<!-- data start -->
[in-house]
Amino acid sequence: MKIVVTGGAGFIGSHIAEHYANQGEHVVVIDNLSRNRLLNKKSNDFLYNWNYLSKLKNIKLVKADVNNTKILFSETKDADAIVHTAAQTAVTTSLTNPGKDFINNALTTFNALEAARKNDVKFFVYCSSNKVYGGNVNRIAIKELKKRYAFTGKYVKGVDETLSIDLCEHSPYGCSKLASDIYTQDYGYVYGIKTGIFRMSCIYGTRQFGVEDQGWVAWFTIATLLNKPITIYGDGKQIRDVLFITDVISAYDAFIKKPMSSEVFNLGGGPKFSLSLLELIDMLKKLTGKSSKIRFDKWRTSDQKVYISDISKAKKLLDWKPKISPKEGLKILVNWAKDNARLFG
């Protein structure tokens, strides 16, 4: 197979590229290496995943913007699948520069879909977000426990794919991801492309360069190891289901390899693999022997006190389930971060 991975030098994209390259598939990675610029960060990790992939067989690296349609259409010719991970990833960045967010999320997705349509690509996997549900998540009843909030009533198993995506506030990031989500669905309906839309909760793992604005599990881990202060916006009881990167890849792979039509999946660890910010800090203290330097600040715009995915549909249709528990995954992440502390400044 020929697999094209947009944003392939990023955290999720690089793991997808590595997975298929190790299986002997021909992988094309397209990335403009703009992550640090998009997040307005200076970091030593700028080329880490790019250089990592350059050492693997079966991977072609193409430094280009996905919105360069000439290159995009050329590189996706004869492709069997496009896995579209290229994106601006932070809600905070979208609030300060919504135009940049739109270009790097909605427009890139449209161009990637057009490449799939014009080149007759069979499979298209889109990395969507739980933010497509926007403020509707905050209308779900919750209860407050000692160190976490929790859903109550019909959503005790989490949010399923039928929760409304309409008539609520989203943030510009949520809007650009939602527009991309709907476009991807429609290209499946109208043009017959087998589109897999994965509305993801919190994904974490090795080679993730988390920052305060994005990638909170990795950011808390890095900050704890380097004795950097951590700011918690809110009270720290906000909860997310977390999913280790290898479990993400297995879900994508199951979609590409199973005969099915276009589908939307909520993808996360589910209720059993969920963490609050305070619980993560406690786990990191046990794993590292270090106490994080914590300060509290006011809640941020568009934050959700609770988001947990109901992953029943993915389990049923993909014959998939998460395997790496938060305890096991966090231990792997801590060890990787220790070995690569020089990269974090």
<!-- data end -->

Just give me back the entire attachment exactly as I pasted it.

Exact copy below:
[in-house]
Amino acid sequence: MKIVVTGGAGFIGSHIAEHYANQGEHVVVIDNLSRNRLLNKKSNDFLYNWNYLSKLKNIKLVKADVNNTKILFSETKDADAIVHTAAQTAVTTSLTNPGKDFINNALTTFNALEAARKNDVKFFVYCSSNKVYGGNVNRIAIKELKKRYAFTGKYVKGVDETLSIDLCEHSPYGCSKLASDIYTQDYGYVYGIKTGIFRMSCIYGTRQFGVEDQGWVAWFTIATLLNKPITIYGDGKQIRDVLFITDVISAYDAFIKKPMSSEVFNLGGGPKFSLSLLELIDMLKKLTGKSSKIRFDKWRTSDQKVYISDISKAKKLLDWKPKISPKEGLKILVNWAKDNARLFG
């Protein structure tokens, strides 16, 4: 197979590229290496995943913007699948520069879909977000426990794919991801492309360069190891289901390899693999022997006190389930971060 991975030098994209390259598939990675610029960060990790992939067989690296349609259409010719991970990833960045967010999320997705349509690509996997549900998540009843909030009533198993995506506030990031989500669905309906839309909760793992604005599990881990202060916006009881990167890849792979039509999946660890910010800090203290330097600040715009995915549909249709528990995954992440502390400044 020929697999094209947009944003392939990023955290999720690089793991997808590595997975298929190790299986002997021909992988094309397209990335403009703009992550640090998009997040307005200076970091030593700028080329880490790019250089990592350059050492693997079966991977072609193409430094280009996905919105360069000439290159995009050329590189996706004869492709069997496009896995579209290229994106601006932070809600905070979208609030300060919504135009940049739109270009790097909605427009890139449209161009990637057009490449799939014009080149007759069979499979298209889109990395969507739980933010497509926007403020509707905050209308779900919750209860407050000692160190976490929790859903109550019909959503005790989490949010399923039928929760409304309409008539609520989203943030510009949520809007650009939602527009991309709907476009991807429609290209499946109208043009017959087998589109897999994965509305993801919190994904974490090795080679993730988390920052305060994005990638909170990795950011808390890095900050704890380097004795950097951590700011918690809110009270720290906000909860997310977390999913280790290898479990993400297995879900994508199951979609590409199973005969099915276009589908939307909520993808996360589910209720059993969920963490609050305070619980993560406690786990990191046990794993590292270090106490994080914590300060509290006011809640941020568009934050959700609770988001947990109901992953029943993915389990049923993909014959998939998460395997790496938060305890096991966090231990792997801590060890990787220790070995690569020089990269974090």